Prana Shakti

We have five senses—seeing, hearing, smelling, tasting and touching. With this fivefold apparatus of sense we begin to know that there is a world of objects outside and that we have a body, and so on. This function becomes successful on account of the mind being connected with the senses. Just imagine how many things are within us—the body constituted of the five elements, the five sensory powers, and the mind connected with the senses. There is another mysterious element within us which seems to be at work even when the mind is not thinking. In deep sleep, for example, we have no idea of our bodies or of the senses and the mind, but something is there which keeps us alive. That is called the prana. We do not die in sleep, though we do not think, do not see, and do not even have any such experiences. Life persists even in deep sleep.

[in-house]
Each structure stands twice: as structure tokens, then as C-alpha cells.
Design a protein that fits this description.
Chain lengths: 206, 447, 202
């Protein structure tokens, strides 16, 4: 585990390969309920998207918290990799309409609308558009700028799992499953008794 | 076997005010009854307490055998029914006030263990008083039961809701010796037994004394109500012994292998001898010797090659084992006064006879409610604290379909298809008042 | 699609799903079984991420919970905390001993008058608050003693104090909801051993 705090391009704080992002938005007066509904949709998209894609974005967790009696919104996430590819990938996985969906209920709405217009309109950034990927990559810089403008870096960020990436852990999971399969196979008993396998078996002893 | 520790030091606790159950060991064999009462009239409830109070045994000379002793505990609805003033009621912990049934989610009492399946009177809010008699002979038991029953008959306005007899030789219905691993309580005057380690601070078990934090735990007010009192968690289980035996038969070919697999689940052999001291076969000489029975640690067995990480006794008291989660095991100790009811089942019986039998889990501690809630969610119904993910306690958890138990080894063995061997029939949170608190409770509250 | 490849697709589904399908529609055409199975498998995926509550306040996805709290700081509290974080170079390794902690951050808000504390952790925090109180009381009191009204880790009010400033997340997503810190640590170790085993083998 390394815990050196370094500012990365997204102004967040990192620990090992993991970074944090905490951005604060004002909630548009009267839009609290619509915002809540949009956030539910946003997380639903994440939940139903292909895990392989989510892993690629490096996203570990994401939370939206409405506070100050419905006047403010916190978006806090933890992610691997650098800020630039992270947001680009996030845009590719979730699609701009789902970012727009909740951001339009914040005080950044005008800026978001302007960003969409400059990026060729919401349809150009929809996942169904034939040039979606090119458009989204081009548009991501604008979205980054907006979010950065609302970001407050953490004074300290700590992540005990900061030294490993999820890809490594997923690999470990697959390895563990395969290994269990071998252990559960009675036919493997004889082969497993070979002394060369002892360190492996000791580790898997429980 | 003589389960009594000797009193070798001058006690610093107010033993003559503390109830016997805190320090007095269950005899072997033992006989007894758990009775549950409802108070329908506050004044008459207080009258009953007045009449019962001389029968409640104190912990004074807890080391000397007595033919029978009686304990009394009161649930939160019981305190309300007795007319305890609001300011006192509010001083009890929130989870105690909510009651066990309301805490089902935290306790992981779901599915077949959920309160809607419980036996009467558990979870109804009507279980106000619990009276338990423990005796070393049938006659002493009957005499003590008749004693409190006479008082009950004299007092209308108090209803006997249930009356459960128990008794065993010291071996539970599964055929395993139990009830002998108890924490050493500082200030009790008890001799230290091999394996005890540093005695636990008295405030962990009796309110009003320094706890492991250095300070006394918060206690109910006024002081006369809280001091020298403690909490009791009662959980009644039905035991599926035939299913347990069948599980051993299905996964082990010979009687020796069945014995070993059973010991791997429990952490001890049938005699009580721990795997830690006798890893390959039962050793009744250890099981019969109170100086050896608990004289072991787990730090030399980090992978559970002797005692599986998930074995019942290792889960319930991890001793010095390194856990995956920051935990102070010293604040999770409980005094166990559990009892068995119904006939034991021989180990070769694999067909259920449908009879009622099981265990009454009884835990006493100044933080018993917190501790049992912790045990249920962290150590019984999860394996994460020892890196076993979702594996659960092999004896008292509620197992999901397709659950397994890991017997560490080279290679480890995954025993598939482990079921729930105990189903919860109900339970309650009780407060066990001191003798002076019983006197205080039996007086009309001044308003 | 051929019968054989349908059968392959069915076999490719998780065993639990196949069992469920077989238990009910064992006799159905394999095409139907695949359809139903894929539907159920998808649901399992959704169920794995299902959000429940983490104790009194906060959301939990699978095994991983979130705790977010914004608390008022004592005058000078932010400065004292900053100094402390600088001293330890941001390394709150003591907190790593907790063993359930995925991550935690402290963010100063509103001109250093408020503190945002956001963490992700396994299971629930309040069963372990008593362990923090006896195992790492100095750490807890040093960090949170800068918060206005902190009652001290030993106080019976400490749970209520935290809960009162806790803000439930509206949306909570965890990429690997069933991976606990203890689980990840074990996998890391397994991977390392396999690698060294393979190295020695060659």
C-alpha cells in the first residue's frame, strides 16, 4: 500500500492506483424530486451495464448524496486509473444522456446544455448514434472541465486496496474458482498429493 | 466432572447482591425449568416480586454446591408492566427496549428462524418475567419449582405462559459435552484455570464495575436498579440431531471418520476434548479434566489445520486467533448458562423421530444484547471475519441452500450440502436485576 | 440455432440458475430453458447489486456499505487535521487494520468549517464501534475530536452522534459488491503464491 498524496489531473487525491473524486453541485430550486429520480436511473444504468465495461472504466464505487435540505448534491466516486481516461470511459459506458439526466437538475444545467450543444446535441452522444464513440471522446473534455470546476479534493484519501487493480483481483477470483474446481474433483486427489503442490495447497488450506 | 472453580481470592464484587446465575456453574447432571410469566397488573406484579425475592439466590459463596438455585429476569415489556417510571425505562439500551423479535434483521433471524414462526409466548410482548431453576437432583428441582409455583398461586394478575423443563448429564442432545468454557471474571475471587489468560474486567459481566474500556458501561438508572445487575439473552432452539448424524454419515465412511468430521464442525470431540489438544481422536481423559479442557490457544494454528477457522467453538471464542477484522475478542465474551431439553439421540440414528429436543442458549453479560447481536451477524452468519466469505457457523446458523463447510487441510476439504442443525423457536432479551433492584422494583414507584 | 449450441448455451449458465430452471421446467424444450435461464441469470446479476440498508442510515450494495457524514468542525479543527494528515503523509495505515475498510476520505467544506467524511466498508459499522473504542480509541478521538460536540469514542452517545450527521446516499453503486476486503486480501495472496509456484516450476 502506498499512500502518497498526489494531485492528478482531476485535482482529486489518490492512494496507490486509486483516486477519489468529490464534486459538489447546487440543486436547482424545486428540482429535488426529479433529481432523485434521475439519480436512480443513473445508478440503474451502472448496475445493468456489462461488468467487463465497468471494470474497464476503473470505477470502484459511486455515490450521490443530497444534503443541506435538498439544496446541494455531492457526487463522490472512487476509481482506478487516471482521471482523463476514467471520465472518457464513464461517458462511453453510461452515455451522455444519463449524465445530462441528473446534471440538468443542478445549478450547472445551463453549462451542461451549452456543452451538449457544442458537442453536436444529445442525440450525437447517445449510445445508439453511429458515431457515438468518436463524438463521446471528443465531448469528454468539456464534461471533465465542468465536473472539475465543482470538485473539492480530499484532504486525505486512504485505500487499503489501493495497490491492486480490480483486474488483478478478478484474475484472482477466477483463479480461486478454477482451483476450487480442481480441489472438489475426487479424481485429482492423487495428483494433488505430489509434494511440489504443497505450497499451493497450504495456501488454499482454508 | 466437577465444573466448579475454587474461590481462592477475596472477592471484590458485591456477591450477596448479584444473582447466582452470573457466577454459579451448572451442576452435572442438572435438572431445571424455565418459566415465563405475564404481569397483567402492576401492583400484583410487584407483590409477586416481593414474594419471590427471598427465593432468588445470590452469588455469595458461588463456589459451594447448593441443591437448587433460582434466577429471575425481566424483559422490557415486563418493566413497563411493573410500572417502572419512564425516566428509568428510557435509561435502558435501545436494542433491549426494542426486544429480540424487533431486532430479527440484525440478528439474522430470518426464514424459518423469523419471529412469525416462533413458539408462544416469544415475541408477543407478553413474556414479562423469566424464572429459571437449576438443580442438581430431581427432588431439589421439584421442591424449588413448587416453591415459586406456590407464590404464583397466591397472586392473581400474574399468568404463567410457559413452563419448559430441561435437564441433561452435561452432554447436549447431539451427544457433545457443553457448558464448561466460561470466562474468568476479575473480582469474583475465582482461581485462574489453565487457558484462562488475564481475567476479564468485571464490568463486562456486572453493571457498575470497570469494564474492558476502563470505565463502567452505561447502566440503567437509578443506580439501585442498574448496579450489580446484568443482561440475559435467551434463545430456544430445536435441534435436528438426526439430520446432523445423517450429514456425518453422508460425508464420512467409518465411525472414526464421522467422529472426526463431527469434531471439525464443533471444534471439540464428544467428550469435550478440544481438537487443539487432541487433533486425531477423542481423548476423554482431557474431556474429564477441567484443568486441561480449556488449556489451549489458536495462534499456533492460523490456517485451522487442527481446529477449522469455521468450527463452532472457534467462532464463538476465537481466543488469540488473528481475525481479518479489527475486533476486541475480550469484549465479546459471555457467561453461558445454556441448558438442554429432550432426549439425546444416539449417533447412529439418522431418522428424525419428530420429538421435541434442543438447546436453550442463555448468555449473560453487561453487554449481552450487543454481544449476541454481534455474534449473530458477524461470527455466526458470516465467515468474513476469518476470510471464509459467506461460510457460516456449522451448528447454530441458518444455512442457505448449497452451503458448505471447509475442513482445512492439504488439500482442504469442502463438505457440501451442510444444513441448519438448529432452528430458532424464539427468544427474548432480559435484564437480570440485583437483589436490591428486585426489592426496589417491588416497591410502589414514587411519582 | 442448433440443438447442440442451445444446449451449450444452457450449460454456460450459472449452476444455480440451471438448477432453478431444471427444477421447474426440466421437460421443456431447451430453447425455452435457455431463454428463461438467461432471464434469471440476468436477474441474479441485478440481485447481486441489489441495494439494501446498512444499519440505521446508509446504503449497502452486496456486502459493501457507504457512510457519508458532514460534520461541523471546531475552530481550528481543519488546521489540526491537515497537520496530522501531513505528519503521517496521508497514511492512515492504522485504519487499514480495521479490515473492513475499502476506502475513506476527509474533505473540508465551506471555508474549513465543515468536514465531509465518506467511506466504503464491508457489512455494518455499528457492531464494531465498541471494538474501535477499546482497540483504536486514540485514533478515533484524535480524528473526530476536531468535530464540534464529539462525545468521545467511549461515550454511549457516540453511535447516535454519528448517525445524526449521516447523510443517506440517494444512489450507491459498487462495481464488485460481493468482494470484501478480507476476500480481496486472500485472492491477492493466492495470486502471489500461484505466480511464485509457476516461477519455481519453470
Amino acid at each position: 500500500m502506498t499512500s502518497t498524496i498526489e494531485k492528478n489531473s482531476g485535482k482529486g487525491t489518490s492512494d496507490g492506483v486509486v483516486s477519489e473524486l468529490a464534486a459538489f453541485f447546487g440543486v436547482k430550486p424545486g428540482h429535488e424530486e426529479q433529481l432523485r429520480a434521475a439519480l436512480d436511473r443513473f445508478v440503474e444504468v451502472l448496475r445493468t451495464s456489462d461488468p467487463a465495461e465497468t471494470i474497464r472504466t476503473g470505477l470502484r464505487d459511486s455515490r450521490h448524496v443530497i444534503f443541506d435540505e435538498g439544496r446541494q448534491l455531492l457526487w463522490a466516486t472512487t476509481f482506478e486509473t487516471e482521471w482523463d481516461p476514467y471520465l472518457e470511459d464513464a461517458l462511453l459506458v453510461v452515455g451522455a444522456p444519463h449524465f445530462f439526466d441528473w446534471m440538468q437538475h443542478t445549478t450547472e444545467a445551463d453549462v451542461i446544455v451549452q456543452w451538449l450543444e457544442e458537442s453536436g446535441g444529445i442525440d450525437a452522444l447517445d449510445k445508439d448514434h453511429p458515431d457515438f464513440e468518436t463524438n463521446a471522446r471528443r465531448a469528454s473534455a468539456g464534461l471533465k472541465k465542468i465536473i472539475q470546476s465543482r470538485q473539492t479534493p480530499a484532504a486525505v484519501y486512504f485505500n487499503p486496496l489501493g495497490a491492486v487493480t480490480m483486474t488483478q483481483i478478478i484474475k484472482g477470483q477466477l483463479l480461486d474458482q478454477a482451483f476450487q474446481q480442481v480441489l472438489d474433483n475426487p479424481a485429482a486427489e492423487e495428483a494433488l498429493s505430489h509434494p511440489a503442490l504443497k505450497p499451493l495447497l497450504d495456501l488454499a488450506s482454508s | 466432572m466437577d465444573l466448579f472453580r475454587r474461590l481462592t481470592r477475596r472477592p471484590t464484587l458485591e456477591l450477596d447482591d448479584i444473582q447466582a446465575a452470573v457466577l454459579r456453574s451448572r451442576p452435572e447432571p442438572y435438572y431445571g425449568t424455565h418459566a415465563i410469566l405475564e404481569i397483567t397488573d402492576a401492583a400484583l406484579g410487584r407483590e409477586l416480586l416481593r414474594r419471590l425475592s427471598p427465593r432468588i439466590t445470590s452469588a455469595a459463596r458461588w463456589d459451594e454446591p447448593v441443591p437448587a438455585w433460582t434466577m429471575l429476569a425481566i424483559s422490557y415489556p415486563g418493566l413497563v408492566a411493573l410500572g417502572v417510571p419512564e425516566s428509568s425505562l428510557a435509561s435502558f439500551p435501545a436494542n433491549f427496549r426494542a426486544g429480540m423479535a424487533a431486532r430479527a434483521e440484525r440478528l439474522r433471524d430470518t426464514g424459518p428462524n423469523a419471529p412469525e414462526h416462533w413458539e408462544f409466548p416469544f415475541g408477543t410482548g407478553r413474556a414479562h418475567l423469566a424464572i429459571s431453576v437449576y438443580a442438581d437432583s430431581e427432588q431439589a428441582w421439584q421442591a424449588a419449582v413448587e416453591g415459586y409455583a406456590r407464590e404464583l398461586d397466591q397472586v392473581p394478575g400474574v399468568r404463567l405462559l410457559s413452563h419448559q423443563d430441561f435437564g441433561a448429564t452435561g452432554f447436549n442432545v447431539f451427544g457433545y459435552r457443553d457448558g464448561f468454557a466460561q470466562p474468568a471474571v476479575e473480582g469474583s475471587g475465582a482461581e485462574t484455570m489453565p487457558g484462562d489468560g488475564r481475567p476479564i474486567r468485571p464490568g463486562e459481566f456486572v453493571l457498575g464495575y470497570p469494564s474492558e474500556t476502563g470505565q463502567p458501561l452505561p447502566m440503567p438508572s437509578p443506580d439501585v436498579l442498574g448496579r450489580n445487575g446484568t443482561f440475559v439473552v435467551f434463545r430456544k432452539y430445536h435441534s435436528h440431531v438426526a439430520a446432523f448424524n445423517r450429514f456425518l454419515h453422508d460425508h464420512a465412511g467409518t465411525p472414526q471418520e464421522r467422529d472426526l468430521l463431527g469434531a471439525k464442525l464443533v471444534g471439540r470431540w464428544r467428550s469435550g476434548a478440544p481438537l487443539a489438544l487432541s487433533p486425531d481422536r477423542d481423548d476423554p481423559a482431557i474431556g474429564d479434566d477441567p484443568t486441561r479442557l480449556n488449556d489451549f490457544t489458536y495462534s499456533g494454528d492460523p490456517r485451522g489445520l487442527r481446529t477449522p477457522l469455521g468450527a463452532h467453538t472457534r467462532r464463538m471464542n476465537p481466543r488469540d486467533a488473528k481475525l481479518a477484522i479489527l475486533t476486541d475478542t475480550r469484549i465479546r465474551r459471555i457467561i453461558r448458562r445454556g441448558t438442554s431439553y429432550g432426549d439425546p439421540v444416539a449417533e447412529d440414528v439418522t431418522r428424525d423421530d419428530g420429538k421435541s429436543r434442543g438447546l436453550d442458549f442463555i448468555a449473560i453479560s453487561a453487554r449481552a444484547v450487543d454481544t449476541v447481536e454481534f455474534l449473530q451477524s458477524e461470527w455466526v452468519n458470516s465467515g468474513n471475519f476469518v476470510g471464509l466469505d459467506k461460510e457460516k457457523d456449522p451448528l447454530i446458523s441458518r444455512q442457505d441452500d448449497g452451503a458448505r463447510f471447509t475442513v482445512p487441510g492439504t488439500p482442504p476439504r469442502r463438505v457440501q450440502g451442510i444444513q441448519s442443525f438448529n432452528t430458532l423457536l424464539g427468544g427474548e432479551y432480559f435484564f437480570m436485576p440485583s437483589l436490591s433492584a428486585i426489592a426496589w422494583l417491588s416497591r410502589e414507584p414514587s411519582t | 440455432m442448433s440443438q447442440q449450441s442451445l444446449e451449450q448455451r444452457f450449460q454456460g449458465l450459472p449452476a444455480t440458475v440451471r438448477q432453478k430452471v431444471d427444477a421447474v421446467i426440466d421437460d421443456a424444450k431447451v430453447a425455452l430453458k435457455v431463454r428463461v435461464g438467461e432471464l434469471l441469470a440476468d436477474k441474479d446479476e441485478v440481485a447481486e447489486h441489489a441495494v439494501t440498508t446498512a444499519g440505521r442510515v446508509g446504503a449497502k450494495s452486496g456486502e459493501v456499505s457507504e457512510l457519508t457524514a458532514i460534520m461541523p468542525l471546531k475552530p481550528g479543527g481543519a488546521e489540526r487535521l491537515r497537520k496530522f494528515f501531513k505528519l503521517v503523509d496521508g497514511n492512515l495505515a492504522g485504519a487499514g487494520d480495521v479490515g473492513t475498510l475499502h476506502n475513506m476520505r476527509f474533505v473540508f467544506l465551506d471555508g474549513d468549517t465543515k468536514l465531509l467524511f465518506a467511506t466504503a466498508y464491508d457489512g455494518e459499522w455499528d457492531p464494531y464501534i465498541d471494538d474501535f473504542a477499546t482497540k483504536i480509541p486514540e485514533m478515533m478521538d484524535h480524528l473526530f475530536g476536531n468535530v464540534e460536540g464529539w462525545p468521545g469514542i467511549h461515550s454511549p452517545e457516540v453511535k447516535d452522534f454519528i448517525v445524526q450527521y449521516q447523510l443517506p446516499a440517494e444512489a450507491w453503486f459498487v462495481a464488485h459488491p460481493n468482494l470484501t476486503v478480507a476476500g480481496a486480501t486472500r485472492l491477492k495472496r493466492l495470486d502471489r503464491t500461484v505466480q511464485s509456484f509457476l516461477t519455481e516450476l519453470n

Another name for that life is what we call the prana shakti. We have what is called the prana within us, which is externally manifest as breath. When a person was declared dead and it was said that there is no life in the body, people used to verify this by holding a little piece of cotton near the nostrils of the person to see whether breath was there or not, or really the prana had departed. Now they use scientific instruments, but previously people used to have this little cotton kept near the nostrils to see whether the prana was still present. Prana is life, ordinarily speaking. People say that they have prana, which means that they are alive. Prana is a shakti, an energy, power. That by which we are able to lift our fingers, walk about on our legs, speak, or do any kind of activity is prana. This is what we call strength, energy, vitality and power. Usually when we say, “I have power”, it means we have prana shakti.